I poke fun at Thomas Friedman on occasion. His platitudinous, gee-whiz, American-tourist prose, presented with a heaping helping of deep-think pretension, is a target-rich environment.

But that gee-whiz persona serves him well when he’s right, and he’s right about energy. His Discovery Channel program Addicted to Oil, which aired Sat. night, is absolutely stellar. Catch re-runs if you can — or, if you lack scruples, the torrent is floating around.

I’m sure green geeks will find nits to pick. Friedman never digs far below the surface, and GM’s Rick Wagoner, for example, gets off way too easy, especially about the commercial failure of the company’s electric car (see this movie for details).

But what’s great about the program is Friedman’s uncanny knack for speaking colloquial, mainstream language. He always sounds like he’s talking down-home common sense — when he’s full of it (as often on Iraq), but also when he’s saying something fairly radical (that, for instance, Dick Cheney’s energy policy is an example of “pre-9/11 thinking”).

In Addicted to Oil, he lays down a line on energy that could have been lifted straight from the green blogs. Here are the points that get hit:

  • Oil’s a national security risk.
  • Global warming is happening.
  • Cars are the problem.
  • Ultra-light cars would help (and Amory Lovins is cool).
  • Cellulosic biofuels would help (and corn ethanol’s a boondoggle).
  • Japanese hybrids are best; plug-in hybrids would be better.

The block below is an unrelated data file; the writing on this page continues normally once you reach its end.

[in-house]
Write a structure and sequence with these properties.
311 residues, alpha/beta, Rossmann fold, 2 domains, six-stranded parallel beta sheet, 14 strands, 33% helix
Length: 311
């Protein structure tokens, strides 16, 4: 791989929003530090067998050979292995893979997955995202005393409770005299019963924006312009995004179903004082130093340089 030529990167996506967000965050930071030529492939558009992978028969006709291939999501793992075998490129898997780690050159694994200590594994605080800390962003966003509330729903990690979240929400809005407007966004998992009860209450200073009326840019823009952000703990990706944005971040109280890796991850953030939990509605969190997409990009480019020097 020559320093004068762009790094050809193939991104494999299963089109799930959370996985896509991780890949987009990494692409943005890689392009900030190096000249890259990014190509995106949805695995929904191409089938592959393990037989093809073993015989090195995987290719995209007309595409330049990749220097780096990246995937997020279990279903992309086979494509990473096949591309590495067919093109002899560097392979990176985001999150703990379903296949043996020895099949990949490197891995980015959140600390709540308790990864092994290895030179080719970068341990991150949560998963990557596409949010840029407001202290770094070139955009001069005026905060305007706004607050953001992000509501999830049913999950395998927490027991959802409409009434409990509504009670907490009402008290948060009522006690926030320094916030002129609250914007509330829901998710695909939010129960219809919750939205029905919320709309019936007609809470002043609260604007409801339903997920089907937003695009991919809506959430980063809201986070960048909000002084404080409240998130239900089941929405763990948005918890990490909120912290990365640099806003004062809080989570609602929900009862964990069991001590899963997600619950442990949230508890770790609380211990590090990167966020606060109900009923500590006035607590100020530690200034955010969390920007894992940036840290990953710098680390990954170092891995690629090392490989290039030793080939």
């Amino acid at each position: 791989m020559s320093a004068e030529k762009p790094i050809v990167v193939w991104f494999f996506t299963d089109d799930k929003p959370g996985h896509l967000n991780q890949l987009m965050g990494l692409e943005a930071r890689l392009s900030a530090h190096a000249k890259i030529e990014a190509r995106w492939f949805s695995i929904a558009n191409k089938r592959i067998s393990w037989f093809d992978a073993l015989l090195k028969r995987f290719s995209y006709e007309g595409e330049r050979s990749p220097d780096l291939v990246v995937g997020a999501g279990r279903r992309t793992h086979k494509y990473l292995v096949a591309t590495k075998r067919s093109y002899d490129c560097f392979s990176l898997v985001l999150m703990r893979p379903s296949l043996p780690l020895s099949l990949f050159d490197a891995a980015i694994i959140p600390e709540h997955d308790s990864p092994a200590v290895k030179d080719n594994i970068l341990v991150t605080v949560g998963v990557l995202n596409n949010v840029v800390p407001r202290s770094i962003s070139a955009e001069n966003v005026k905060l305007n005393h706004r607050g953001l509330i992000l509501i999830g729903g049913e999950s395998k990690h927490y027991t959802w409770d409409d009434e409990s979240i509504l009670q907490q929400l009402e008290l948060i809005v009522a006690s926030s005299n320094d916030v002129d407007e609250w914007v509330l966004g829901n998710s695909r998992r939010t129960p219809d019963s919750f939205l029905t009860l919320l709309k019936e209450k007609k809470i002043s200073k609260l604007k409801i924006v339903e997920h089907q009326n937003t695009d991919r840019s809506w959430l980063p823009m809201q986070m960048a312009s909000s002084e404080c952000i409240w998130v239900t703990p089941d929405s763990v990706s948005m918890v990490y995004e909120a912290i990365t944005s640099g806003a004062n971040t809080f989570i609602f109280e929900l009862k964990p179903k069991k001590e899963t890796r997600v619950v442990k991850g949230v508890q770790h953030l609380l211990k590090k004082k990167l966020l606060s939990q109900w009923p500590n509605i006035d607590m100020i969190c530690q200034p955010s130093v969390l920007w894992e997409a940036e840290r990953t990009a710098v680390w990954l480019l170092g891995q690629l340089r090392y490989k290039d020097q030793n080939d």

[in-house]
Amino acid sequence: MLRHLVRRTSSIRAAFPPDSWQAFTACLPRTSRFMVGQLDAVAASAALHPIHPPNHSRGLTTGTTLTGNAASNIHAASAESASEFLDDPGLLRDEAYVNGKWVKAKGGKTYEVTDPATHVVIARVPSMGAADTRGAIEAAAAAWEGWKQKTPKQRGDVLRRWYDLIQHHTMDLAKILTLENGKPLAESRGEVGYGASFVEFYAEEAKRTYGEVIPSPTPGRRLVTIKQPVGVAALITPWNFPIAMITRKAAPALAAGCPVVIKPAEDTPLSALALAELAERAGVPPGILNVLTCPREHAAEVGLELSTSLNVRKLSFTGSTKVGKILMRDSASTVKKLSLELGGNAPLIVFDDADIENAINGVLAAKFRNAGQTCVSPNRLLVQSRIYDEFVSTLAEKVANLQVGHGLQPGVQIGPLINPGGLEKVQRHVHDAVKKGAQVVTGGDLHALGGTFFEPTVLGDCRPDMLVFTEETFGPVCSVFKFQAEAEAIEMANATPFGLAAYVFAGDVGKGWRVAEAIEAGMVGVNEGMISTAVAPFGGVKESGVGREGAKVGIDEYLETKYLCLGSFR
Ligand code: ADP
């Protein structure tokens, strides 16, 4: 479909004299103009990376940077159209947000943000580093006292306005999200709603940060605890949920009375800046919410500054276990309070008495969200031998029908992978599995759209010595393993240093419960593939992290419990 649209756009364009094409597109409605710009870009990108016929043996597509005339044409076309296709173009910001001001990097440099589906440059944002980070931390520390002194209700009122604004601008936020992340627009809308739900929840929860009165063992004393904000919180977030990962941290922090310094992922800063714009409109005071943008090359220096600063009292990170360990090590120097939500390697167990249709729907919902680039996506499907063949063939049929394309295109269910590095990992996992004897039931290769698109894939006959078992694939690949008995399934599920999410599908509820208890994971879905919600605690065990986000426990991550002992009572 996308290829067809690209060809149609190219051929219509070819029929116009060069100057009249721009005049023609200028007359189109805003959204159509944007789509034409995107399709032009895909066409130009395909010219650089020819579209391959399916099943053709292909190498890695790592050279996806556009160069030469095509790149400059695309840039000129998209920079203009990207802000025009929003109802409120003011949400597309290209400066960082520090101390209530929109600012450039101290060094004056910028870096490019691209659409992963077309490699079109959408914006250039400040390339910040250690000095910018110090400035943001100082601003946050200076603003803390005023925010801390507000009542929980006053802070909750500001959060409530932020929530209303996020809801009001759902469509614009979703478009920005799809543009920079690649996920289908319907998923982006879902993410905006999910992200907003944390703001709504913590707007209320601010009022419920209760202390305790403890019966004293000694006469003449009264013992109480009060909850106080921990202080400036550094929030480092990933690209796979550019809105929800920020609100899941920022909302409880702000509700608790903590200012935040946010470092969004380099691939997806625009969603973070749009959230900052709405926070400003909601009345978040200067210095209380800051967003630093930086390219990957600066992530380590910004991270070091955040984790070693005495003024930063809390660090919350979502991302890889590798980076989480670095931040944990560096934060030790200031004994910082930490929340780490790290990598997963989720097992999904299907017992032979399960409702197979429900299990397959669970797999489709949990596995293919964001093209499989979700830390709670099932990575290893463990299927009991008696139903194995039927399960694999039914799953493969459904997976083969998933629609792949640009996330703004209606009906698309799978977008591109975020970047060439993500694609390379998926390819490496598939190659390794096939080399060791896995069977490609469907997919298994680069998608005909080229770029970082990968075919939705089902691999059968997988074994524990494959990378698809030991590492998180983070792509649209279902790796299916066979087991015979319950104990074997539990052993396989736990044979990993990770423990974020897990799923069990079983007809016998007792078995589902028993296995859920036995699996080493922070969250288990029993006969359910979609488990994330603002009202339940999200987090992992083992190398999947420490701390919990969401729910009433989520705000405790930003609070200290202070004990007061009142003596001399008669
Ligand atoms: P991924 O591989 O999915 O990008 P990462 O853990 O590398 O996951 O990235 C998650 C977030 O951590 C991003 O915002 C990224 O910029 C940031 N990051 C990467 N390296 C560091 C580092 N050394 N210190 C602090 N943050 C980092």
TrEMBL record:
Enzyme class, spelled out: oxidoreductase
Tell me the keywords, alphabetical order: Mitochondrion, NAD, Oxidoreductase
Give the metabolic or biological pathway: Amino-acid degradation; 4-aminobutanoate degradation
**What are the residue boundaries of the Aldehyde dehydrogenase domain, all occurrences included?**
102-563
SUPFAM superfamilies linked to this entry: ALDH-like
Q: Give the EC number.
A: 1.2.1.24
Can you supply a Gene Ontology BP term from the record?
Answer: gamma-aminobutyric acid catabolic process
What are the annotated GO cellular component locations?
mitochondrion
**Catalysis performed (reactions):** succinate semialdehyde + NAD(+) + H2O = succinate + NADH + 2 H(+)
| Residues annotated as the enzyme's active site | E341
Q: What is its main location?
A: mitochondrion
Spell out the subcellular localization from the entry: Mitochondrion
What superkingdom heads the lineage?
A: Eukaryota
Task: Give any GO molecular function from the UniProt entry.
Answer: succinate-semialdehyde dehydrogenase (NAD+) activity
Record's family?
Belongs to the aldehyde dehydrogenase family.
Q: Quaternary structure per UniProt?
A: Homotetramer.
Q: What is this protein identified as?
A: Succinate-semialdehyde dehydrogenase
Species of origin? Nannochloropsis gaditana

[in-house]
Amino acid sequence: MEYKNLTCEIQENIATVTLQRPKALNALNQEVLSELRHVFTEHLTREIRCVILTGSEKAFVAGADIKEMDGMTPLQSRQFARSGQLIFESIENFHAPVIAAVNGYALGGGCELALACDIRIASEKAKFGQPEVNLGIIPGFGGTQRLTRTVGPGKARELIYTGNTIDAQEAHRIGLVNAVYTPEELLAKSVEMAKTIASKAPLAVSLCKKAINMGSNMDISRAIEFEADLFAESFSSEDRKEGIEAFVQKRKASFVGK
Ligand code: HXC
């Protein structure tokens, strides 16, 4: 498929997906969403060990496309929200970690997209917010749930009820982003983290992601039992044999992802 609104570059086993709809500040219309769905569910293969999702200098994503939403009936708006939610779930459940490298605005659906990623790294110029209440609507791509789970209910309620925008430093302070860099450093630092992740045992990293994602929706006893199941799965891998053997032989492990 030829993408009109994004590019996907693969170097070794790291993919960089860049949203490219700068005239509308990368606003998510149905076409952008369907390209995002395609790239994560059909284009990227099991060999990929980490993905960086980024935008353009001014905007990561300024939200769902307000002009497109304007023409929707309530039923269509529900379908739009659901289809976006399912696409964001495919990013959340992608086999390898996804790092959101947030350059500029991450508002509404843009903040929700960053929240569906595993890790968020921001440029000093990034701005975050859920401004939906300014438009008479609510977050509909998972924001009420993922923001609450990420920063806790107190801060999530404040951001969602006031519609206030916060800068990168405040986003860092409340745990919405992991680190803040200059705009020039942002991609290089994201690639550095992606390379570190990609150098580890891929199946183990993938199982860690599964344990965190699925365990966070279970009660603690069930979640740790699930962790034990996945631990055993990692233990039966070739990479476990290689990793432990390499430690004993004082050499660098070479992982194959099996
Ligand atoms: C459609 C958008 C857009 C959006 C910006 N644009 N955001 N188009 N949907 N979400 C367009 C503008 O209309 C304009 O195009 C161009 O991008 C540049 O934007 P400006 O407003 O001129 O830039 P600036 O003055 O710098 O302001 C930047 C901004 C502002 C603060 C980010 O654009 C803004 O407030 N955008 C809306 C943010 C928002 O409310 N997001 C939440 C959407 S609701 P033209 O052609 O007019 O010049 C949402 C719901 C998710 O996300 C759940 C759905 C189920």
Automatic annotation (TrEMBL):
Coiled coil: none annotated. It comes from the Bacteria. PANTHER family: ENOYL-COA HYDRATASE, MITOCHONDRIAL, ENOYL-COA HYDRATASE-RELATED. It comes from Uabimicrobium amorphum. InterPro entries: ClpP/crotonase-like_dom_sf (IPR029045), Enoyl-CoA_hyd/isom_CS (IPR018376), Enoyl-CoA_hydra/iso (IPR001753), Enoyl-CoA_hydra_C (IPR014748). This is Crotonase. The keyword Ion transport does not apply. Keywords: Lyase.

• Hydrogen fuel cell cars are cool, but 20 years out.
  • We need lots of electricity, and right now most of ours comes from coal.
  • Solar is cool.
  • Wind is cool.
  • The feds subsidize oil but toss sporadic pennies to renewables.
  • Efficiency is cool. (See: Texas Instruments computer-chip factory in Richardson, Texas.)
  • China may be putting more effort toward sustainability than us; they’re paying attention to William McDonough.
  • William McDonough is cool. Cradle to cradle is cool.
  • “This is not your parents energy crisis” — but we have to tools to meet the challenge.

Not bad for 45 minutes!

This is how it ends:

With just a little leadership from Washington — smart subsidies and regulations, consistently applied — we could make plug-in hybrids, wind, ethanol, and solar so much more competitive with oil, right now, today. But it takes a new way of thinking, an understanding that being green is no longer some high-minded, vaguely unpatriotic hobby for tree-hugging girly-men. Living, thinking, and acting green is the most geostrategic, tough-minded, and patriotic thing we can do today. Green, my fellow citizens, is the new red, white, and blue.

Finally, a respected mainstream pundit has condensed the bright green case down to its nuts and bolts and presented it in a folksy, optimistic, non-threatening format.

I salute you, Mustache of Understanding! Let’s hope you’ve started a trend.